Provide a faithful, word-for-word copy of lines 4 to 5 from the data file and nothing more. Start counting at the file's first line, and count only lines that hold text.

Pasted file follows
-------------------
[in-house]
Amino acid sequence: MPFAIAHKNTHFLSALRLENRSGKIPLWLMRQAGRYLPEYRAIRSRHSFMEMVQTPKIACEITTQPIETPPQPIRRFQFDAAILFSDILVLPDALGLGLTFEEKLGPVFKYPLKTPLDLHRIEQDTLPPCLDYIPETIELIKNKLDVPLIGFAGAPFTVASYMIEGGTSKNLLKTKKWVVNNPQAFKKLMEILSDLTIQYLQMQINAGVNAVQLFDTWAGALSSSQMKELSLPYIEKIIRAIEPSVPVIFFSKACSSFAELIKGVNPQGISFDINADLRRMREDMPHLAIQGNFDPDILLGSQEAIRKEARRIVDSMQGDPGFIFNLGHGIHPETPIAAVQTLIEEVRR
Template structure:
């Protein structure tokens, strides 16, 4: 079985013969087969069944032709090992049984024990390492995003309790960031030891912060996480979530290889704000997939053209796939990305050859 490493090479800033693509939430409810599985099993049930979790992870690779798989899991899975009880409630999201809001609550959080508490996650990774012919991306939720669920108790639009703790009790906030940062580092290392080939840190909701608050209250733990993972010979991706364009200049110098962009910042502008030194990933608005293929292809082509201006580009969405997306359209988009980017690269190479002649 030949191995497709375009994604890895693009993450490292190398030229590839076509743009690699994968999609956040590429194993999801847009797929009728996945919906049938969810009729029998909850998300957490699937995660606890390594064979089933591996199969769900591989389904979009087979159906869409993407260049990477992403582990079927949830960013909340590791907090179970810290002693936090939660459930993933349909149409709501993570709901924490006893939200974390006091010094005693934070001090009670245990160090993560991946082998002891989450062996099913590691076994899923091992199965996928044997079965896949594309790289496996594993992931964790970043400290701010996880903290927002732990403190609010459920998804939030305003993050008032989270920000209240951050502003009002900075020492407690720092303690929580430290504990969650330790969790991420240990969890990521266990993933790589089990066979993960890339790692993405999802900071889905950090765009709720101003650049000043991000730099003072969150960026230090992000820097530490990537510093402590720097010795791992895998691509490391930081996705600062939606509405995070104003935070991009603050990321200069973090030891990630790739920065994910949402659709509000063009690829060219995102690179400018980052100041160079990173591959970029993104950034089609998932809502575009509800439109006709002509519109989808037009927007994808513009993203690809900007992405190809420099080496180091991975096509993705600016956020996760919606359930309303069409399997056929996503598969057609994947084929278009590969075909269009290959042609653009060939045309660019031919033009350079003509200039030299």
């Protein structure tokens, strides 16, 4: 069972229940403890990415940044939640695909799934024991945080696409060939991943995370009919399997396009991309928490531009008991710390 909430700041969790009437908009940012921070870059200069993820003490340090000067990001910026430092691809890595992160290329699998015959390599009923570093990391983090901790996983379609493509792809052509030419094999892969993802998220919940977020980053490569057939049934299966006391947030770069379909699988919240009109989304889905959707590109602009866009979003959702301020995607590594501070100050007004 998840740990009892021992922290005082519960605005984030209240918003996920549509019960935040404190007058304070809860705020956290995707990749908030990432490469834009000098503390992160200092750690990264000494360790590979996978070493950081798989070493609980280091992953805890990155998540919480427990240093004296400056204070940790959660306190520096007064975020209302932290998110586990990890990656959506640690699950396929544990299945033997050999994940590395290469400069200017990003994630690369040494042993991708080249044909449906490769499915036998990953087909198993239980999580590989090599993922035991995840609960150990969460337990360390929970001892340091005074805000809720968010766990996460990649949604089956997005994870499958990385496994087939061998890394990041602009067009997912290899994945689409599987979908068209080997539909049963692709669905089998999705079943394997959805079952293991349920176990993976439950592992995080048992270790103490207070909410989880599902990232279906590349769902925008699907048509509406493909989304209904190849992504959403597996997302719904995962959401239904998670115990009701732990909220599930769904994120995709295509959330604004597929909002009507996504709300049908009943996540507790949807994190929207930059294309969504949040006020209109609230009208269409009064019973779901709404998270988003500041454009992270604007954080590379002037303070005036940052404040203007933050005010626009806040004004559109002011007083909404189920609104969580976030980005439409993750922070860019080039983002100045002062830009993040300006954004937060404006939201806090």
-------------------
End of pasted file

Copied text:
């Protein structure tokens, strides 16, 4: 079985013969087969069944032709090992049984024990390492995003309790960031030891912060996480979530290889704000997939053209796939990305050859 490493090479800033693509939430409810599985099993049930979790992870690779798989899991899975009880409630999201809001609550959080508490996650990774012919991306939720669920108790639009703790009790906030940062580092290392080939840190909701608050209250733990993972010979991706364009200049110098962009910042502008030194990933608005293929292809082509201006580009969405997306359209988009980017690269190479002649 030949191995497709375009994604890895693009993450490292190398030229590839076509743009690699994968999609956040590429194993999801847009797929009728996945919906049938969810009729029998909850998300957490699937995660606890390594064979089933591996199969769900591989389904979009087979159906869409993407260049990477992403582990079927949830960013909340590791907090179970810290002693936090939660459930993933349909149409709501993570709901924490006893939200974390006091010094005693934070001090009670245990160090993560991946082998002891989450062996099913590691076994899923091992199965996928044997079965896949594309790289496996594993992931964790970043400290701010996880903290927002732990403190609010459920998804939030305003993050008032989270920000209240951050502003009002900075020492407690720092303690929580430290504990969650330790969790991420240990969890990521266990993933790589089990066979993960890339790692993405999802900071889905950090765009709720101003650049000043991000730099003072969150960026230090992000820097530490990537510093402590720097010795791992895998691509490391930081996705600062939606509405995070104003935070991009603050990321200069973090030891990630790739920065994910949402659709509000063009690829060219995102690179400018980052100041160079990173591959970029993104950034089609998932809502575009509800439109006709002509519109989808037009927007994808513009993203690809900007992405190809420099080496180091991975096509993705600016956020996760919606359930309303069409399997056929996503598969057609994947084929278009590969075909269009290959042609653009060939045309660019031919033009350079003509200039030299």
């Protein structure tokens, strides 16, 4: 069972229940403890990415940044939640695909799934024991945080696409060939991943995370009919399997396009991309928490531009008991710390 909430700041969790009437908009940012921070870059200069993820003490340090000067990001910026430092691809890595992160290329699998015959390599009923570093990391983090901790996983379609493509792809052509030419094999892969993802998220919940977020980053490569057939049934299966006391947030770069379909699988919240009109989304889905959707590109602009866009979003959702301020995607590594501070100050007004 998840740990009892021992922290005082519960605005984030209240918003996920549509019960935040404190007058304070809860705020956290995707990749908030990432490469834009000098503390992160200092750690990264000494360790590979996978070493950081798989070493609980280091992953805890990155998540919480427990240093004296400056204070940790959660306190520096007064975020209302932290998110586990990890990656959506640690699950396929544990299945033997050999994940590395290469400069200017990003994630690369040494042993991708080249044909449906490769499915036998990953087909198993239980999580590989090599993922035991995840609960150990969460337990360390929970001892340091005074805000809720968010766990996460990649949604089956997005994870499958990385496994087939061998890394990041602009067009997912290899994945689409599987979908068209080997539909049963692709669905089998999705079943394997959805079952293991349920176990993976439950592992995080048992270790103490207070909410989880599902990232279906590349769902925008699907048509509406493909989304209904190849992504959403597996997302719904995962959401239904998670115990009701732990909220599930769904994120995709295509959330604004597929909002009507996504709300049908009943996540507790949807994190929207930059294309969504949040006020209109609230009208269409009064019973779901709404998270988003500041454009992270604007954080590379002037303070005036940052404040203007933050005010626009806040004004559109002011007083909404189920609104969580976030980005439409993750922070860019080039983002100045002062830009993040300006954004937060404006939201806090």